Our bridge across the River

Our bridge across the River

bridge to nowhere

bridge to nowhere

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We finally arrived to the town with our new hiking partners, and they told us of how the last time they visited, they were able to drive right up to the town and park “right over there.” The old signs are there to greet you to town, as well as a map of the area put up by the Monte Cristo Preservation Association. There’s not a whole lot left in town, but there is still enough to wander around and look at for quite a while. Boarded up cabins, the still-functioning railway turntable, mining artifacts strewn across the grass. It’s also the perfect spot for a picnic, with lots of logs and picnic tables to choose from. There were probably 20-30 people wandering around the buildings, but it never felt crowded.

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Rail turntable that still turns

Rail turntable that still turns

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There are more trails that keep going on up into the mountains to exotic locations in the Henry M. Jackson Wilderness such as Silver Lake, Twin Lakes, and the intriguingly named Poodle Dog Pass. I was tempted to continue on up to the next destination, but my tired feet led me back to the sunny picnic table to eat trail mix and beef jerky.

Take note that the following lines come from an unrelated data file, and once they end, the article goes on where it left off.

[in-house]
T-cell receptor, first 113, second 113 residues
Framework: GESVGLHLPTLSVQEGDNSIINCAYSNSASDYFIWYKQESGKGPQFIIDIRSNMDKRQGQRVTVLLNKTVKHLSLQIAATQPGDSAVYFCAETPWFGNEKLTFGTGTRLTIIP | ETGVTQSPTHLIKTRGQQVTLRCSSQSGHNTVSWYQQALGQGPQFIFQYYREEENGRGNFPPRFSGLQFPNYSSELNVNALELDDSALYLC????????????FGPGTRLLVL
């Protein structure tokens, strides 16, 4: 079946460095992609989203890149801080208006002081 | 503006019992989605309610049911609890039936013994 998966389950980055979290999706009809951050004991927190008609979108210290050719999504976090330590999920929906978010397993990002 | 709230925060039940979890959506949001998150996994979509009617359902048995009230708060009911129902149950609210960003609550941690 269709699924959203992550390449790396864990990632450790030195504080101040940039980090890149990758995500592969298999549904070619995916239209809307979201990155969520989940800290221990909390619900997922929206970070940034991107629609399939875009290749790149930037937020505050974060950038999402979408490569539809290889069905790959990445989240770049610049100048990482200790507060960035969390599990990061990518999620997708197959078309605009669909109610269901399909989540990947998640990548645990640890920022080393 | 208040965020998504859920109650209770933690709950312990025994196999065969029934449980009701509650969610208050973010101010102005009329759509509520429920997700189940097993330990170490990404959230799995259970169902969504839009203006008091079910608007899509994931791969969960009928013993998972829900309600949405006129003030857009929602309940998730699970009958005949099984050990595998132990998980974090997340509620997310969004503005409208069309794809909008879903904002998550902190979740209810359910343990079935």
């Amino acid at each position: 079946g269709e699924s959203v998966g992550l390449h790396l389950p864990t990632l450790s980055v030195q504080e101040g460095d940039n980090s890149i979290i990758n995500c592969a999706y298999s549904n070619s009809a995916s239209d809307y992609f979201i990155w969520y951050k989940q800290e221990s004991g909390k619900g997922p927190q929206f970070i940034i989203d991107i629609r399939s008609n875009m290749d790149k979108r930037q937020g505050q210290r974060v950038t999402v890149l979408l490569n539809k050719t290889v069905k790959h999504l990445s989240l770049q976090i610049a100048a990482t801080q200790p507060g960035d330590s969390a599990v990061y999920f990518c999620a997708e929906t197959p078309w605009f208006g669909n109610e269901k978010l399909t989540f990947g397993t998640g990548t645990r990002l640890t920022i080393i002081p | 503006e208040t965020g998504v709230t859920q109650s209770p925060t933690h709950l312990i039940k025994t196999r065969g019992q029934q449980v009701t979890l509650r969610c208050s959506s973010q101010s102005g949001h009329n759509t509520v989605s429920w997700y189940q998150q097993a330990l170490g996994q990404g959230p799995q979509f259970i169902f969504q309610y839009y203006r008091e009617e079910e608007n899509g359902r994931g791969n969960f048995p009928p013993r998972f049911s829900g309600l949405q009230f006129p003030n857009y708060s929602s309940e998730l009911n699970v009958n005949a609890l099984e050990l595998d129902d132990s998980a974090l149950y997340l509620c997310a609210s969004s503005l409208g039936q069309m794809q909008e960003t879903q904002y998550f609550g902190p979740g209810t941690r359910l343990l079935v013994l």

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After basking in the sunshine in the glorious valley for a few more minutes, we bid our new friends adieu and headed back down the trail to the car. It was a long hike back, and by the time we got to the log crossing we decided maybe it was time to treat ourselves to new pairs of boots. However, we had a fantastic time visiting the legendary town of Monte Cristo, and hope that the cleanup doesn’t take too long so we can get back out there and keep exploring. In the end, we hiked almost exactly 10 miles in total, in just over 3.5 hours. Not too shabby for our first outing in a while.

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Almost home

Almost home

Northwest Forest Pass required

Driving directions: From Granite Falls, follow the Mountain Loop Highway 31 miles and park at the Barlow Pass trailhead. The Monte Cristo trailhead is right across the road, beyond the gate.

3 Comments

  • Jeanne Pascal

    What a lovely commentary, and fabulous photos. Thanks for your hikelog and narrative. I feel as if I have been there. Be safe on your future adventures.

    Jeanne 🙂